Despite the fact that the Hamamatsu Higashimikawa Phoenix rely on Michael Gardener to carry the offense, coach Kazuo Nakamura’s team had multiple scoring options this season, including a 236-cm center named Sun Ming Ming, who can dunk without jumping, and Marcus Morrison, who averaged 17.8 points per game.
The Phoenix won the Eastern Conference’s regular-season crown with a 36-16 record and averaged a league-high 90.7 points per game in their first bj-league campaign.
Tokyo Apache coach Joe Bryant bestowed upon Gardener a nickname that is a worthy compliment. Bryant called him a “poor man’s Allen Iverson.”
“You’ve really got to figure a way to stop him,” Bryant added.
What Bryant and others around the bj-league have said repeatedly is that the speedy Gardener is a gifted scorer.
The proof is in the numbers. The 182-cm Gardener averaged 25.5 ppg game, the third-highest output in the league. And he helped his own cause with a league-high 6.8 assists per game. In addition, his 2.3 steals per game ranked second in the league.
The team formerly known as the OSG Phoenix — it previously played in the JBL — faces the Apache in Saturday’s Eastern Conference final at 7 p.m. at Ariake Colosseum. The winner advances to Sunday afternoon’s bj-league title game against the Osaka Evessa-Ryukyu Golden Kings winner.
Tokyo, the 2007-08 championship runnerup squad, knocked off the Sendai 89ers in the conference semifinals last weekend, and Hamamatsu got past the Niigata Albirex BB in the other semifinal series.
Now the teams renew their rivalry, but for the first time in the playoffs. In the regular season, the Phoenix posted a 6-2 record against Bryant’s club.
“I think it is a game everybody wants to see,” said Apache forward John “Helicopter” Humphrey, Tokyo’s most recognizable star who has played for the squad since 2005. “We are going to battle it out and see what happens.”
The Apache (33-19 in the regular season) added Julius Ashby, the Takamatsu Five Arrows’ starting center from their 2006-07 championship runnerup squad, in the offseason, solidifying the team in the post. Forward Tizzo Johnson and guard Kosaku Yada are newcomers, while forward Dameion Baker, a guy Bryant describes as “kind of our Ron Artest,” rejoined the squad in midseason. The coach added that Baker gives the Apache a solid blend of defense and scoring punch similar to Artest’s contributions for the Houston Rockets.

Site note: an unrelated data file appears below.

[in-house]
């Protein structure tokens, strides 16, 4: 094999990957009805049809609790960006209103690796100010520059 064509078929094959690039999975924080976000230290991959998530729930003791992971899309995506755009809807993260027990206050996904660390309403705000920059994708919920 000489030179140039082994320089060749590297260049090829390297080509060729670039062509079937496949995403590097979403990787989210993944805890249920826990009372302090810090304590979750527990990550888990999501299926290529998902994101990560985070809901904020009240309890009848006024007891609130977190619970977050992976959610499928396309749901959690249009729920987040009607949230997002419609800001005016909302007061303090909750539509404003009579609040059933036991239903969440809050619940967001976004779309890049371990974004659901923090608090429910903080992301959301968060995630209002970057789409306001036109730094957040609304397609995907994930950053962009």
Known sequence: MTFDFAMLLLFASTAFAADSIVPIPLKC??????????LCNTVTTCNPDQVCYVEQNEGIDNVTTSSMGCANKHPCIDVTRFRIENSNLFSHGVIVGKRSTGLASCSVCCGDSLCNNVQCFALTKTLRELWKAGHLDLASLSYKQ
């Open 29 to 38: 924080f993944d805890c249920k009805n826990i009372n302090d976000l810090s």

Returnees Nick Davis, Ashby and Humphrey anchored the frontcourt, and a strong mix of wing and backcourt players, including Cohey Aoki, Darin Satoshi Maki, Jumpei Nakama and Masashi Joho, gave Bryant’s club the foundation to compete for a title this season.
“Most of the same guys are back,” said Maki, one of the league’s top defensive guards. “We have a good hunger. We can’t just expect to be back in the final. Bottom line is we’ve got to win a championship.”
In last season’s final, Aoki, Tokyo’s super sub, was poked in the eye during the second quarter against the Evessa, leaving the game after just one minute of playing time. He went to the hospital for X-rays and didn’t return to the game.
“I still say this today,” said Bryant, “if we had Cohey in the finals, we would have won the championship. And I believe that wholeheartedly, because if you look at last year’s game, we did a great job defensively on the great players that they had and the score at halftime was 26-26 and Cohey only played one minute.
“If normal Cohey comes in and plays, Cohey comes in and gets 10 points, and we are up (by 10 points). Simple.”
Well, what won’t be simple on Saturday is keeping Gardener from taking a plethora of 3-point shots. He shot 515 3s this season, just a shade under 10 per game.
All told, the Apache took 963 3-pointers as a team. (You can think of Gardener’s 3-point shooting as akin to a baseball player with a green light to attempt a stolen base at any time.)
In the Apache’s two victories over the Phoenix, vastly different styles of play emerged.
On Dec. 14, five Tokyo players scored in double figures, with Joho and Aoki leading the offense with 24 and 23 points, respectively, in a 105-90 triumph.
On March 28, Tokyo outscored Hamamatsu 18-3 in the second quarter, Ashby blocked six shots and Gardener was held to 2-for-21 from 3-point range in a 72-68 Apache victory.
Will Tokyo rely on a run-and-gun style of play against Hamamatsu?
Or will it try to slow it down and keep the score in the low 70s?
Foul trouble could be a key factor in determining the flow of the game.
Tokyo has the benefit of homecourt advantage at Ariake, where it went 18-8 during the regular season, but the Phoenix were 18-8 in away games. What’s more, the Apache already experienced the nerve-rattling pressure of the Final Four last May.
On the other hand, Hamamatsu enters this weekend with a chance to achieve a goal Nakamura spoke about during his introductory news conference after the Evessa beat Tokyo in last season’s title game.
“We’ll go for the championship from year No. 1,” Nakamura stated.
Both coaches have put their teams in a position to earn their first bj-league title. And now one game will decide which team will earn that enviable opportunity on Sunday.